down the roadside, hillside, wayside, on any side and every side,
waggling our backsides, or gliding like a bride.

Shins are pretty thin, their bones sit next to skin
sensitive to irritating scraping and scratching,
low furniture abusing them, banging them and bruising them,
at every opportunity, but they’re streamlined for sprinting.

Calves are often floppy, they may be thick or thin,
they often swell in places where you want them to go in.
If they get too flabby our jeans may be a squeeze,
while skirts can swing and rise up in a sudden gusty breeze,
revealing all our bulgy bits, and that is not much fun,
but the chub will turn to muscle if we regularly run.

Ankles are all angles, and at risk from hockey stick,
which with a careless swing, can deal a painful clip,
they’re delicate, and sensitive to every graze and bruise,
and when ambushed by a table leg, they usually lose.
But they’re worth all the pain and the occasional sprain,
as the moment they recover, they’re in action again,
helping you to balance and lifting up your feet,
while twisting round to steer you up and down the street.

Legs may be lanky, flabby, lean or even beautiful –
however they may look, they are usually dutiful,
taking you to places far too narrow for a car;
from bathroom into bedroom – then to ballroom or to bar.
They’re useful on a bicycle if you want the wheels to turn,
and if you didn’t have them it would cause you some concern.
You cannot do the can-can without a working pair,
and for roamin’ in the gloamin’ there’s nothing to compare
with your legs, whether hairy, freckled, ugly or glamorous —
and they prove to be an asset when yer man is getting amorous;
You can wrap ’em round or lay ’em flat or bend ’em at the knees,
or contort them in whatever way the two of you may please.

To celebrate your legs, play some music, have a dance,
jump and hop and wiggle while you still have got the chance.

I wrote this poem a few months ago for a friend, to include in a book she was writing about legs, which has just gone to print.

©Jane Paterson Basil

Lord Backsivore’s Letter #a poem

Note: Backsivore, or Backsie Fore, is a word (or phrase) from the Devon dialect. It means back-to-front.

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The sun shines bright with a matt-black glow
each late-night morning in Backsivore.
While stars ask each other which way to go,
thrilled nihilists speak of a meaningful core

Babies rise late to starve screaming mothers
before peeling toast from their jam.
The vegans grab guns and hunt for  plump plovers
while Beefeaters gobble up ham,

and the man in the moon puts on her dress
to strum on an an unstrung guitar,
and the song unsung is an ungarbled mess
about unspoken secrets repeated afar.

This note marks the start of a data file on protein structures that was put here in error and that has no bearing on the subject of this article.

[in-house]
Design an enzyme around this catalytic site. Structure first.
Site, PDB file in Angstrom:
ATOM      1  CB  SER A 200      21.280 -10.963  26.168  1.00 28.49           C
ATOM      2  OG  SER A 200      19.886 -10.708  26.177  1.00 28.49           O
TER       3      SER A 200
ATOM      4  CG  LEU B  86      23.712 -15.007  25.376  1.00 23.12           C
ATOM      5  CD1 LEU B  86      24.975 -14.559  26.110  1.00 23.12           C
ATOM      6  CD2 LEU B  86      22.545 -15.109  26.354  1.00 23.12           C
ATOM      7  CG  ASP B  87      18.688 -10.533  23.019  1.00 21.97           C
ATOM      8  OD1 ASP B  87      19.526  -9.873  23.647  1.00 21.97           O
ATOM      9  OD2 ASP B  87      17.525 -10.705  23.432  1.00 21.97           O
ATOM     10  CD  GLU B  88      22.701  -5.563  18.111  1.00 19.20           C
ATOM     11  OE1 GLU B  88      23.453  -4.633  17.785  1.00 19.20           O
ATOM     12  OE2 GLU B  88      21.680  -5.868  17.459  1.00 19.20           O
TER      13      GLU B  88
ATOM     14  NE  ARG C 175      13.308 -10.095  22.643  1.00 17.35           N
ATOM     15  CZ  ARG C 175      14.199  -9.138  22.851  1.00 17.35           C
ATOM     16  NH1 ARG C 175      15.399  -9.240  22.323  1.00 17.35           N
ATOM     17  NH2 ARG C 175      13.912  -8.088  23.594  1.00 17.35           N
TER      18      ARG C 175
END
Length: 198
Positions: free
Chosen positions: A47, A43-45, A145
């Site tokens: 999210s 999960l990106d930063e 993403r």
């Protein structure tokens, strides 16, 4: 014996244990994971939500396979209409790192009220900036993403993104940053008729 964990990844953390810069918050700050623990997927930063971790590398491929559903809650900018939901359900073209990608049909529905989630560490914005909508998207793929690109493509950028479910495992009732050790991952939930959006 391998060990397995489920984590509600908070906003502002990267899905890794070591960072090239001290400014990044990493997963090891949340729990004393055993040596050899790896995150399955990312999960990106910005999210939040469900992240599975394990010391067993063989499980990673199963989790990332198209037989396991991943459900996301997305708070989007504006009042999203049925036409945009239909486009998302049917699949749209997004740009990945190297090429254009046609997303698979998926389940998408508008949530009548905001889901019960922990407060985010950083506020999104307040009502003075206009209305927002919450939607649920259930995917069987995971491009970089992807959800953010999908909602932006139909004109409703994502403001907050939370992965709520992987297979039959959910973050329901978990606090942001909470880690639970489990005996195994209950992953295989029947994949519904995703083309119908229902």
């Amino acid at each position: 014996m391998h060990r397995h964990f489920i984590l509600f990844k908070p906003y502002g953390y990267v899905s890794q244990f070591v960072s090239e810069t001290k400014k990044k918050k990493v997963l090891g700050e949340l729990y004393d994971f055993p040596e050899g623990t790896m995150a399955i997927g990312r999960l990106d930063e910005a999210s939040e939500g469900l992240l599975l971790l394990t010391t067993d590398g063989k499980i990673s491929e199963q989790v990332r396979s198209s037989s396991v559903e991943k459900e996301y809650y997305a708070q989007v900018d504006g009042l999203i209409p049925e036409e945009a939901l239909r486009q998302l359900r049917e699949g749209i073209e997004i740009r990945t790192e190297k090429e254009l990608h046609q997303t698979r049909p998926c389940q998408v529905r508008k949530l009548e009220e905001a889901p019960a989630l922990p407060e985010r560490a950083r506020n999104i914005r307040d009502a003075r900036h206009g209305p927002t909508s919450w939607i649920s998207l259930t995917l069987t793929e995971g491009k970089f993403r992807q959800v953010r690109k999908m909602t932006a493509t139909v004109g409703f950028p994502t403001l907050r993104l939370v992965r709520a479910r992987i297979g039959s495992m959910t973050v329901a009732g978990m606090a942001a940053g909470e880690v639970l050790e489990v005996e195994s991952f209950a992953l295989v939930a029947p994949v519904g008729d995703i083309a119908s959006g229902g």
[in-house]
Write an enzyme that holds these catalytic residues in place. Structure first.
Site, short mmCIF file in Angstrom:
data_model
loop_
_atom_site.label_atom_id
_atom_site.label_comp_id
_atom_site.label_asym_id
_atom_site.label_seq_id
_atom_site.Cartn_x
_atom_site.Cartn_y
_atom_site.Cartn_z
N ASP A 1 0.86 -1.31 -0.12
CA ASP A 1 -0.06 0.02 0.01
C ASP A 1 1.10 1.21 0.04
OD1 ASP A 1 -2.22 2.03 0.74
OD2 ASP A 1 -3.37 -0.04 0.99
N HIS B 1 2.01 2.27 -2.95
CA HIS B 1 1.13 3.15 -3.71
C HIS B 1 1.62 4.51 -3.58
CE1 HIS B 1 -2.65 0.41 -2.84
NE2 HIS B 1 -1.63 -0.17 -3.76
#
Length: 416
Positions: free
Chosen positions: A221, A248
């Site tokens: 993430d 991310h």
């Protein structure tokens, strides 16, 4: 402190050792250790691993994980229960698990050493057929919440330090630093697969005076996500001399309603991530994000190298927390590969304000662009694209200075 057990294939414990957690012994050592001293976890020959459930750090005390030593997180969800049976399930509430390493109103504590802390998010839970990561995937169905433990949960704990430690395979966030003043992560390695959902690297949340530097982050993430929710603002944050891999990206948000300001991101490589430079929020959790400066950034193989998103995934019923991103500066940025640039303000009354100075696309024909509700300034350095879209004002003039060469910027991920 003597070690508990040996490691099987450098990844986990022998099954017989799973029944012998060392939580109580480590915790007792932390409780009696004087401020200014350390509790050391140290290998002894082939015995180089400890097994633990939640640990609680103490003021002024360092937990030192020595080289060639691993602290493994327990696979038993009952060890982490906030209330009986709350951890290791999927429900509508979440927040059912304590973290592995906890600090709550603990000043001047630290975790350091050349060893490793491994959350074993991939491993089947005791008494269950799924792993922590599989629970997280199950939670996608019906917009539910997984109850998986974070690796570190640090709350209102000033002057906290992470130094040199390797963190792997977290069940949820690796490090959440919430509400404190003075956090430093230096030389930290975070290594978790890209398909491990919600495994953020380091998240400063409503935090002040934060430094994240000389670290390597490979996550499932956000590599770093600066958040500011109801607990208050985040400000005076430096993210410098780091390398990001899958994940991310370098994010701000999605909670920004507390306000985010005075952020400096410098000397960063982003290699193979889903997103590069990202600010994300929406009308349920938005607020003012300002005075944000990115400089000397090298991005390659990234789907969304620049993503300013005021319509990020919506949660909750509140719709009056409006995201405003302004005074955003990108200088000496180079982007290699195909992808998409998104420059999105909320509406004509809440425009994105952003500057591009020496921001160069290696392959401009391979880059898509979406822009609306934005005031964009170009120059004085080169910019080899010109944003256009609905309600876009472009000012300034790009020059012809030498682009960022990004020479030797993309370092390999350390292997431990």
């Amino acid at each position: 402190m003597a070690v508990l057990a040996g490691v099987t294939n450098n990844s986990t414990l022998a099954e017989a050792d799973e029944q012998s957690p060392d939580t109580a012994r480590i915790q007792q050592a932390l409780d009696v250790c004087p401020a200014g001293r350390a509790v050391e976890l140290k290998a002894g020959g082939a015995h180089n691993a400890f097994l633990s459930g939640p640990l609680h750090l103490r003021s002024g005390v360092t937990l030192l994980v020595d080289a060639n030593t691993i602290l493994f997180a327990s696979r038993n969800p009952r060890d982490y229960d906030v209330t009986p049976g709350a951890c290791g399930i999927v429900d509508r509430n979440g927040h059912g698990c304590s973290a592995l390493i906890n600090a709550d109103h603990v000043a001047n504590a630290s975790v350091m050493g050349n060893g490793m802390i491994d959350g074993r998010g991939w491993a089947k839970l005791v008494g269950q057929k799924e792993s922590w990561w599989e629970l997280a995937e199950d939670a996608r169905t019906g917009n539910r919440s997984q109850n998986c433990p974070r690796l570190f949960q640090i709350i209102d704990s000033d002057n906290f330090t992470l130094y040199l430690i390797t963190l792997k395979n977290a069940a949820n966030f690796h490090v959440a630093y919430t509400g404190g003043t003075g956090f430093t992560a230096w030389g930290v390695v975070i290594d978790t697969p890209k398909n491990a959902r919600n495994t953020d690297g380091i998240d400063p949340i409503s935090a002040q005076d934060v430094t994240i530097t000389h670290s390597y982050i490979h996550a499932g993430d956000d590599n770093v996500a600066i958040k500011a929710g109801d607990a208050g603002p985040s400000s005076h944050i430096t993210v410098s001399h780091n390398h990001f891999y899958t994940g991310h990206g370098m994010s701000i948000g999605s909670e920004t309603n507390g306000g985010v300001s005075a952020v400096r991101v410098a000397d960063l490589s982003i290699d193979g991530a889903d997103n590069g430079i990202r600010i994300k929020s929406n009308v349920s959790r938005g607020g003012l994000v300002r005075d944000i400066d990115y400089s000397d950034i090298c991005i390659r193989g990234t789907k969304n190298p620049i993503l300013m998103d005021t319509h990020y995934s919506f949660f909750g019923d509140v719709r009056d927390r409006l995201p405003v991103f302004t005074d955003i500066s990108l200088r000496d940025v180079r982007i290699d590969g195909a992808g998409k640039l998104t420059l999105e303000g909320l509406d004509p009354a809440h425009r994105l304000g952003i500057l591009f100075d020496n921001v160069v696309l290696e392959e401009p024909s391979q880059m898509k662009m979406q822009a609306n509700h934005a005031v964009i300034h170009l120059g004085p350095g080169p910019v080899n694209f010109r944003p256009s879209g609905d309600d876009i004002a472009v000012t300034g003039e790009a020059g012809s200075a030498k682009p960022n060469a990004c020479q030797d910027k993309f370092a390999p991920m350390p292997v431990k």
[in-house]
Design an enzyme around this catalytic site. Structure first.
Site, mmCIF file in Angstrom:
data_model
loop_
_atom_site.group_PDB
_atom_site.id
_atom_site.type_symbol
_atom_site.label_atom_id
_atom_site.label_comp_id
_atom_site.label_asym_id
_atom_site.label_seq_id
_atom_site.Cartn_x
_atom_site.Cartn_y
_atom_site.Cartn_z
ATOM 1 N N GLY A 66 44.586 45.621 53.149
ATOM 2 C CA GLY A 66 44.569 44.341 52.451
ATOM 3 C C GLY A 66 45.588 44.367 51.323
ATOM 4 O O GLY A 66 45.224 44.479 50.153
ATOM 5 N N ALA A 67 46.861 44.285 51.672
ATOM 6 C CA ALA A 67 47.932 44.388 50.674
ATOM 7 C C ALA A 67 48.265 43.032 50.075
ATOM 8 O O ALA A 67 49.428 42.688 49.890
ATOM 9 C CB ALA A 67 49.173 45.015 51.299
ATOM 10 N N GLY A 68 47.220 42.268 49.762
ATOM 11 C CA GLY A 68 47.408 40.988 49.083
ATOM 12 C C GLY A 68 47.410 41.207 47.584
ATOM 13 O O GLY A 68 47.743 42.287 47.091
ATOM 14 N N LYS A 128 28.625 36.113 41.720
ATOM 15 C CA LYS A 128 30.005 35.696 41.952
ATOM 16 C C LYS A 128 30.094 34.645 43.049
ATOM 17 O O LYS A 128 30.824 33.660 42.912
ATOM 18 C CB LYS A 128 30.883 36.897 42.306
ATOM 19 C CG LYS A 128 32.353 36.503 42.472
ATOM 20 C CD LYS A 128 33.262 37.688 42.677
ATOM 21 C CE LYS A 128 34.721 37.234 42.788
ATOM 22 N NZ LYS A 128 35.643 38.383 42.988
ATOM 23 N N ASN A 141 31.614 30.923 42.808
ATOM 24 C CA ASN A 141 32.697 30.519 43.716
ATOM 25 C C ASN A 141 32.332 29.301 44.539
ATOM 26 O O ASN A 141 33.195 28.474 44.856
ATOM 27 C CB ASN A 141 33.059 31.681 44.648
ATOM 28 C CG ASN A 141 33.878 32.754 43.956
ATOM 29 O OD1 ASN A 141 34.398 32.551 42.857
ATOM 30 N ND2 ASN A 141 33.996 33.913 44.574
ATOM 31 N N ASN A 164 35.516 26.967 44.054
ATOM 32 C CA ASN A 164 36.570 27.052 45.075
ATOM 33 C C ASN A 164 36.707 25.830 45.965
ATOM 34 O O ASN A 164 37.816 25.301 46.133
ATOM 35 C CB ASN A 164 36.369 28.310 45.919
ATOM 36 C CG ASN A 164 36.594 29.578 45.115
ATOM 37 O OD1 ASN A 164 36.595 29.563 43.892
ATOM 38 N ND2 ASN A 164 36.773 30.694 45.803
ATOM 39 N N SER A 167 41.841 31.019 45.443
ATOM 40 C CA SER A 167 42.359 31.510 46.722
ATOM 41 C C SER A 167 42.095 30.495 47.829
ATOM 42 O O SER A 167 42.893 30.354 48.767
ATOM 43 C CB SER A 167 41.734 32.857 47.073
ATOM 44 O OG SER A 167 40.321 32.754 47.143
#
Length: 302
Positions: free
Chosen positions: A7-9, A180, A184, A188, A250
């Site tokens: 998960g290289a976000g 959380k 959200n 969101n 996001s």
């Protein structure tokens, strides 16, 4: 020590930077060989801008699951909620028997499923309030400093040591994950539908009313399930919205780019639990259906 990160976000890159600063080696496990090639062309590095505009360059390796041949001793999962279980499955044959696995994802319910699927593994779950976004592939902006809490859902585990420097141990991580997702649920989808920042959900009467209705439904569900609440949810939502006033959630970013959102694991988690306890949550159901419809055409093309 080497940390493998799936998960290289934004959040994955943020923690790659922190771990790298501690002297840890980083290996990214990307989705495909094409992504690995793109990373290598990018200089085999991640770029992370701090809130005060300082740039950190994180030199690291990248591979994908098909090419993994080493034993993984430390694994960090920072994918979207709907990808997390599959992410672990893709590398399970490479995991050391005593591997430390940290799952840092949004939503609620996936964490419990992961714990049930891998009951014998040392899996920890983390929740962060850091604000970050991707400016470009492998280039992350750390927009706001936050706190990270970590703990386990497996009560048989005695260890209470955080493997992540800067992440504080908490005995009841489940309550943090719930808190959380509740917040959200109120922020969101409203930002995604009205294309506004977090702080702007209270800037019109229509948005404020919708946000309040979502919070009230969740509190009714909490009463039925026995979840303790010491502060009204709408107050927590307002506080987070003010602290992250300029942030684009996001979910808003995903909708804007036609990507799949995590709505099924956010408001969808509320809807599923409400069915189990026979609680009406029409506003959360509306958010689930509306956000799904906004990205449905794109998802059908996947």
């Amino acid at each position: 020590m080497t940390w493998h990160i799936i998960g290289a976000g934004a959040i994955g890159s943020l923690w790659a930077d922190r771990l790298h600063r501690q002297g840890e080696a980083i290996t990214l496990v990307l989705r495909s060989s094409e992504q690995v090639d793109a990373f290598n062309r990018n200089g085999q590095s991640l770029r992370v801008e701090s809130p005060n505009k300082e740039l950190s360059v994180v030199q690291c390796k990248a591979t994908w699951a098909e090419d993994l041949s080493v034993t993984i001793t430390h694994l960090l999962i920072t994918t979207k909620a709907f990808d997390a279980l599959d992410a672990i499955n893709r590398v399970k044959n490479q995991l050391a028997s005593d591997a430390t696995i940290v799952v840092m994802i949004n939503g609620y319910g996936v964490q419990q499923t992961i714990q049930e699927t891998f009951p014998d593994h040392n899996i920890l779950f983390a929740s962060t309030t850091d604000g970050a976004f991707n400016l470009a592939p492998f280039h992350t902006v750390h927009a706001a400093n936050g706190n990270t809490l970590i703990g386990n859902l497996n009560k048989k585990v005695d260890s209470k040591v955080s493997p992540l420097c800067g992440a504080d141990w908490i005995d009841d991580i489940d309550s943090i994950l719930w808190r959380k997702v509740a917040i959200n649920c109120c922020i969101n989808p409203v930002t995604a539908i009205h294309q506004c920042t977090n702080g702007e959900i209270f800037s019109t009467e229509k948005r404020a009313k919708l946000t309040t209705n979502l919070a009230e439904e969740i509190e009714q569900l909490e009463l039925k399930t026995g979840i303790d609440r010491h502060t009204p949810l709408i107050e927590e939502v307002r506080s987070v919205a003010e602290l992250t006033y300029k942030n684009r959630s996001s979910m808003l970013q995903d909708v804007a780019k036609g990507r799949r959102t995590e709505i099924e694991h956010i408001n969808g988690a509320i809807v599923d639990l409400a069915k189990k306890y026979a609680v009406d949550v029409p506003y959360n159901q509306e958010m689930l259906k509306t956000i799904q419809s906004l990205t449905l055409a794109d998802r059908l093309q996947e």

In the deep-forest city of Backsivore,
each week ends before it begins,
months are short and years are shorter
and decades are the length of two pins.

Centuries remain an untrodden track,
since there’s no known way to measure
the length of elastic componants so slack,
so none of the sums add together.

In Backsivore the losers win prizes,
and petite women wear a large sack
while L and XL are the smallest of sizes,
and a shirt buttons up at the back.

Every brave truth is a cowardly lie
and all bitter lies are sweet facts.
The curtain twitcher is no kind of spy
and the sadists disperse kindly acts.

I’m quite convinced that I’d never would guess
that I’ve said too much, and much less is more,
I hope this is useful, no more and no less…
Coldest Regards
from Lord Backsivore.

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©Jane Paterson Basil

Trickery

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Boil the cauldron till it sings,
then add a pair of spider wings,
leaf of toad and bud of newt,
heart of fungus, rabbit’s root —
Throw them in and mix them up
to make a wicked witches cup.

Worm’s left leg and fishes foot,
frozen flame and snow-cap soot —
add a pinch of ghoulish youth,
a silent laugh, a liar’s truth,
hemlock toenails, adder’s hair —
fling them in without a care.

Eye of creeping pondweed slime
and other stuff that makes a rhyme
will finish off the recipe,
now stir it gently just for me.
Mash it up and make a paste —
not a drop must go to waste.

Now try this recipe on all
insurance men who come to call.
Smear it thickly on your face —
they’ll run away without a trace,
then wash it off, and you will see
your skin will glow more healthily.

Oh! what a foolish girl she is
that she should vainly take notice
of a stepmother like me,
and make my toxic recipe.
Her former beauteous, smiling face
now melts beneath a gruesome paste.

And what a clever witch am I,
I didn’t need tell a single lie;
The silly salesman ran away
to see her glowing green and grey,
and now the mirror will agree;
there’s no-one prettier than me.

©Jane Paterson Basil